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Relative clause - Wikipedia


A relative clause is a kind of subordinate clause that contains an element whose interpretation is provided by an antecedent on which the subordinate clause is ...

Grammar Bytes! :: The Relative Clause


A relative clause = relative pronoun or relative adverb + subject + verb OR relative pronoun or relative adverb + verb.

Relative Clauses - The Writing Center at UNC-Chapel Hill


Relative Clauses. This handout will help you understand what relative clauses are and how they work, and will especially help you decide when to use “that” or  ...

Relative Clauses - English Grammar Online


We use relative clauses to give additional information about something without starting another sentence. By combining sentences with a relative clause, your ...

English Grammar Explanations - Relative clauses


Relative clauses are clauses starting with the relative pronouns who*, that, which, whose, where, when. They are most often used to define or identify the noun ...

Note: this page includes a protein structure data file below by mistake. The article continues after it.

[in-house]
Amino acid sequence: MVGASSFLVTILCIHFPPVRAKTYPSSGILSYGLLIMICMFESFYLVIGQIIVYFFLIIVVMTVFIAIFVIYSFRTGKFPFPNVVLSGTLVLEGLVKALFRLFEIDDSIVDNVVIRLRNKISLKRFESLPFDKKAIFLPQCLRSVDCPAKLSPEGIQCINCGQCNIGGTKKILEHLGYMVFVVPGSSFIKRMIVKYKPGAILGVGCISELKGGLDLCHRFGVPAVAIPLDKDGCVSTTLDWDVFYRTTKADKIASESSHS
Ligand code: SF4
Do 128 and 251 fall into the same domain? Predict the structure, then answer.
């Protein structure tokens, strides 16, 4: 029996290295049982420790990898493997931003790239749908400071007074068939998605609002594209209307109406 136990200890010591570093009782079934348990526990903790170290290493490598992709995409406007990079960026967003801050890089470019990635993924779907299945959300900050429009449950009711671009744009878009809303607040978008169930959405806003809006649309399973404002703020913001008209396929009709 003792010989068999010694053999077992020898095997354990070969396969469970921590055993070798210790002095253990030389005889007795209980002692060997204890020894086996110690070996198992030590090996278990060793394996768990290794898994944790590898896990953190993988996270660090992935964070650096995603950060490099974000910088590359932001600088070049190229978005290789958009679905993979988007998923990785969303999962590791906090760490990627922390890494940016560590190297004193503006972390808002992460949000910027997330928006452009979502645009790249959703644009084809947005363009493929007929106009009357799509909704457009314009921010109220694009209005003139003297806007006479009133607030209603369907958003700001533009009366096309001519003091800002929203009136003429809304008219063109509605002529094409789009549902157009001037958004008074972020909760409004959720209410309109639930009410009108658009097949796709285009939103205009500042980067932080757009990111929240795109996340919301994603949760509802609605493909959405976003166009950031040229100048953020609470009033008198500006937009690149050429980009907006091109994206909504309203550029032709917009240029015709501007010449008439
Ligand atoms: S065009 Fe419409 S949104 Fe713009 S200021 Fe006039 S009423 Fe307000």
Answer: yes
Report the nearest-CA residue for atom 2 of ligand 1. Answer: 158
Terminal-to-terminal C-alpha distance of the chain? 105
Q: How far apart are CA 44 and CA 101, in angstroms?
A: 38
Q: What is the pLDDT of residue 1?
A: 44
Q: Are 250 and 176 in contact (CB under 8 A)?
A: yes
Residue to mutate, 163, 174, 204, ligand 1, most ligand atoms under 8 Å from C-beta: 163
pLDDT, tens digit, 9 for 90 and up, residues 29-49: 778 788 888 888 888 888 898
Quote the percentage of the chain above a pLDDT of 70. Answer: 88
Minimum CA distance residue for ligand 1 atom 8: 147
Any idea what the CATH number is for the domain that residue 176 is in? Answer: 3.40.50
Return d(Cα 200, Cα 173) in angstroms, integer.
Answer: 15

Relative Clauses - Perfect English Grammar


Clear explanations of English relative clauses, with lots of examples and exercises.

English Grammar | LearnEnglish | British Council | relative clauses


We use who and whom for people, and which for things. We use that for people or things. We use relative pronouns to introduce relative clauses, which tell us ...

Defining relative clauses | English Grammar Guide | EF


As the name suggests, defining relative clauses give essential information to define or identify the person or thing we are talking about. Take for example the ...

Relative clauses | English Grammar Guide | EF


Relative clauses are non-essential parts of a sentence. They may add meaning, but if they are removed, the sentence will still function grammatically. There are ...

Relative clauses | Oxford Dictionaries


Relative clauses. A relative clause is one that's connected to the main clause of the sentence by a word such as who, whom, which, that, or whose. For example:.